Robert Burns would be disappointed by the violence that still exists in the world, but would be pleased by the example set by Jedburgh’s citizens.
So said this year’s Redeswire speaker, Jane Brown, immediate past president of the Robert Burns World Federation, when she addressed the large crowd which made the misty trek on Saturday, on horseback and car, to the Carter Bar for the traditional mounted gathering which forms part of the Jethart Callant’s Festival.
A total of 87 riders, with 28 of those being first timers gaining their coveted Redeswire badges, followed Jethart Callant Grant Raeburn to the Redeswire stane.
The ‘Raid of the Redeswire’ was a skirmish between England and Scotland that took place on July 7, 1575, and is often cited as the last battle between the two nations.
“Everyone here today are just ordinary people, celebrating this great historic gathering” the guest speaker told the gathering.
“Your wonderful town, Jedburgh, has always had precious freedoms and was the first to honour Burns with the freedom of your burgh.
“In doing so, expressing his spirit and philosophy by combining pride in local tradition with wider friendliness and love of humanity.”
She went on to say the 16th century forefathers of those assembled at Redeswire had to eke out a meagre existence from an inhospitable country more beautiful than bountiful.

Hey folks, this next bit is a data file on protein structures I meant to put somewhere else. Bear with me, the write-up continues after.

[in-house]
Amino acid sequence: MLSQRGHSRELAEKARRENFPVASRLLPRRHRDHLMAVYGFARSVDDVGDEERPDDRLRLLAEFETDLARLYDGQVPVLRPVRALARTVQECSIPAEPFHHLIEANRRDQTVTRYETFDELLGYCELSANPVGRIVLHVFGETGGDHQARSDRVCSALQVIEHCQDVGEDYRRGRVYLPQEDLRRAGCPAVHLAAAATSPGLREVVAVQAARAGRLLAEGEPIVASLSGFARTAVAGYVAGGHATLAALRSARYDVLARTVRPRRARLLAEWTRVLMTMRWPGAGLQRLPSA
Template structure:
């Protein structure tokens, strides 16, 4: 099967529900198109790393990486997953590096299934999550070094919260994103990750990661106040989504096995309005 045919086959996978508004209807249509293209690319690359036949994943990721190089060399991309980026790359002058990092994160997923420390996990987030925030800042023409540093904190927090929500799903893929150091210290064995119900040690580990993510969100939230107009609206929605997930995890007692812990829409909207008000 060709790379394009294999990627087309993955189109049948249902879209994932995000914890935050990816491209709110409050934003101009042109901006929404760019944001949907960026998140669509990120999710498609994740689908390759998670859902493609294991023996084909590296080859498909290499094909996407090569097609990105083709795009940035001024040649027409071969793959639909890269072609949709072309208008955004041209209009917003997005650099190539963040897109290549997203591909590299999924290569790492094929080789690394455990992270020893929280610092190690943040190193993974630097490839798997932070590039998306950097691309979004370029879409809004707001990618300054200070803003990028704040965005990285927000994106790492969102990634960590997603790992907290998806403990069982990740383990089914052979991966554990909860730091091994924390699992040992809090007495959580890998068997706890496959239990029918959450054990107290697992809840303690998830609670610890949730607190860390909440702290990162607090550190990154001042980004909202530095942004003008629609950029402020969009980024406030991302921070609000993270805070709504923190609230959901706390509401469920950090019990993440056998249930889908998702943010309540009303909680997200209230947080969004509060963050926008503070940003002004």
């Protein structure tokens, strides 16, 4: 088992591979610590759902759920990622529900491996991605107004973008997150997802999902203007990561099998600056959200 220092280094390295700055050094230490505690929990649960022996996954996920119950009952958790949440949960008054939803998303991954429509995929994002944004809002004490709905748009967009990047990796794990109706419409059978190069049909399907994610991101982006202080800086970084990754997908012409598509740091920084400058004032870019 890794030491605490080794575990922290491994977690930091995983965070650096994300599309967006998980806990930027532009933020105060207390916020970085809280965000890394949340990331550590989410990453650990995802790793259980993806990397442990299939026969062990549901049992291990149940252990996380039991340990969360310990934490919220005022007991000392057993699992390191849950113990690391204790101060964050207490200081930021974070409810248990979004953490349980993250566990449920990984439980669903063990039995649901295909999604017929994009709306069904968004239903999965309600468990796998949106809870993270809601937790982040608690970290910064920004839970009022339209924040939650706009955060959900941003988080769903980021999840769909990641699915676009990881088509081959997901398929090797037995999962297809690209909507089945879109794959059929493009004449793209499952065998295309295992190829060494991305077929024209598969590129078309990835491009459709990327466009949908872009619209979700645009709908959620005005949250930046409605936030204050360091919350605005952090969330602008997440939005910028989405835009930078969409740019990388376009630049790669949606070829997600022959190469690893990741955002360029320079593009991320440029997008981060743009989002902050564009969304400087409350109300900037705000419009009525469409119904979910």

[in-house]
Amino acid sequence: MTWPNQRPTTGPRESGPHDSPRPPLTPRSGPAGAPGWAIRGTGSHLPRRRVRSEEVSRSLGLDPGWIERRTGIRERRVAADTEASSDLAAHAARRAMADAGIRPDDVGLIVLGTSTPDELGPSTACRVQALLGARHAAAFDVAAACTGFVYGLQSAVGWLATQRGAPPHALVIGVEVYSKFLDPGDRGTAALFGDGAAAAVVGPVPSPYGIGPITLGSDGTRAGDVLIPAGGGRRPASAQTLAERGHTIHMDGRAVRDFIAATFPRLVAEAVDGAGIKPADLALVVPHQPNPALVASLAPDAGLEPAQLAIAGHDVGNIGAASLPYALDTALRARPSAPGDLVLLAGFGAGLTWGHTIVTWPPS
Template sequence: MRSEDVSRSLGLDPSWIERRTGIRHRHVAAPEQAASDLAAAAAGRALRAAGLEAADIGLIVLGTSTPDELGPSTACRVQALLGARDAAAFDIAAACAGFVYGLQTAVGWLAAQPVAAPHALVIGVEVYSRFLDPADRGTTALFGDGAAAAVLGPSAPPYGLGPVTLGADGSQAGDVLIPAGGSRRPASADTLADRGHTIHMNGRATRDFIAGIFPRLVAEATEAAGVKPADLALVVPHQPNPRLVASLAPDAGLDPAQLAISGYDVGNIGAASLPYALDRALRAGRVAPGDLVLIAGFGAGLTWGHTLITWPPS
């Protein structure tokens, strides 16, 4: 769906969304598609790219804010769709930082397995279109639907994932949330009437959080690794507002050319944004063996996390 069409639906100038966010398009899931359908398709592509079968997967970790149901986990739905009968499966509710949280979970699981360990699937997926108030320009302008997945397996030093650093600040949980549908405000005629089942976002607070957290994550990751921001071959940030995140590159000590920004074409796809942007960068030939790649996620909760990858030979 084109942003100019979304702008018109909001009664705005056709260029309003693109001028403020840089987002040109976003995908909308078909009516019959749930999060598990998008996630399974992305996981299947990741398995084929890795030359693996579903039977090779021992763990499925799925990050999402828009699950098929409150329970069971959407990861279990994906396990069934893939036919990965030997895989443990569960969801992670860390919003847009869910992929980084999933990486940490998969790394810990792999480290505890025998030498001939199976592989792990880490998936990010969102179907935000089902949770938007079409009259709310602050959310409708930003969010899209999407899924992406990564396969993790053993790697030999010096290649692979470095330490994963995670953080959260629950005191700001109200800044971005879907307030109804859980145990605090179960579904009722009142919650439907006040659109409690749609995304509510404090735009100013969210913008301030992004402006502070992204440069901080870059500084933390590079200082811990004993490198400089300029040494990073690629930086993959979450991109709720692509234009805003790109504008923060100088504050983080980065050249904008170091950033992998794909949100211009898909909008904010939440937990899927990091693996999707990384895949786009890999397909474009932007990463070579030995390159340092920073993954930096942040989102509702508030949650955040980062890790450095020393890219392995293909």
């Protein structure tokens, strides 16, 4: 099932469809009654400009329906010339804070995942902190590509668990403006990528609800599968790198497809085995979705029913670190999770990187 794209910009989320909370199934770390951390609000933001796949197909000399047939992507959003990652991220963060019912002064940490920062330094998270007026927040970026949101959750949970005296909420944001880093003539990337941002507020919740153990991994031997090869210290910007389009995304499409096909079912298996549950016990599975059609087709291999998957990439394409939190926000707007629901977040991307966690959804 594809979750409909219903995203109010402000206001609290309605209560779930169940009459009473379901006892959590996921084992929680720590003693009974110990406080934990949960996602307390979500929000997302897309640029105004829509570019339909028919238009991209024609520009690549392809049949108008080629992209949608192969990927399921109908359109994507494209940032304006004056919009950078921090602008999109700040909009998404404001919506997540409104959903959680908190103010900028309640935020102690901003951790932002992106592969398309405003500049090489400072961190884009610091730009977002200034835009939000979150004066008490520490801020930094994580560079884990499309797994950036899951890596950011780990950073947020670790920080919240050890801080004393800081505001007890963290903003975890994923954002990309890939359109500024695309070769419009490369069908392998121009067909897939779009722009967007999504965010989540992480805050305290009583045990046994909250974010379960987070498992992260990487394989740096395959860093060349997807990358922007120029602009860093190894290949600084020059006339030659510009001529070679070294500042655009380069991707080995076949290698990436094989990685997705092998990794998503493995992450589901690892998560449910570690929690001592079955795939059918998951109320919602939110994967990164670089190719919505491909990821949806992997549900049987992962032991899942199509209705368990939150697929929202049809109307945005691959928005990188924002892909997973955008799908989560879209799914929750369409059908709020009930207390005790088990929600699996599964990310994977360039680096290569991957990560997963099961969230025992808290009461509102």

“A people that down through the turbulent years would be the first line of defence against the ‘Auld Enemy’,” she added, saying she felt extremely proud to have been invited to salute the heroes of Redeswire.
And she went on to say that there was no longer a bloody frontier between Scotland and England: “We are setting an example to the rest of the world in these troubled times in how to live together in peace, making an advance towards fulfilment of the dream of the immortal Robert Burns.
“I think he would have been very disappointed in Mankind today, with all the atrocities happening around the world, but today I wish all success to the Callant, continued success to Jedburgh in holding up this historic tradition – you should be very proud of yourselves.”
l Tomorrow (Friday) sees the Jethart Callant’s Festival main day, with horses and riders assembling in the town’s Back Bongate at 8.30am. There will be a full colour special round-up of this year’s festival in next week’s issue of The Southern Reporter.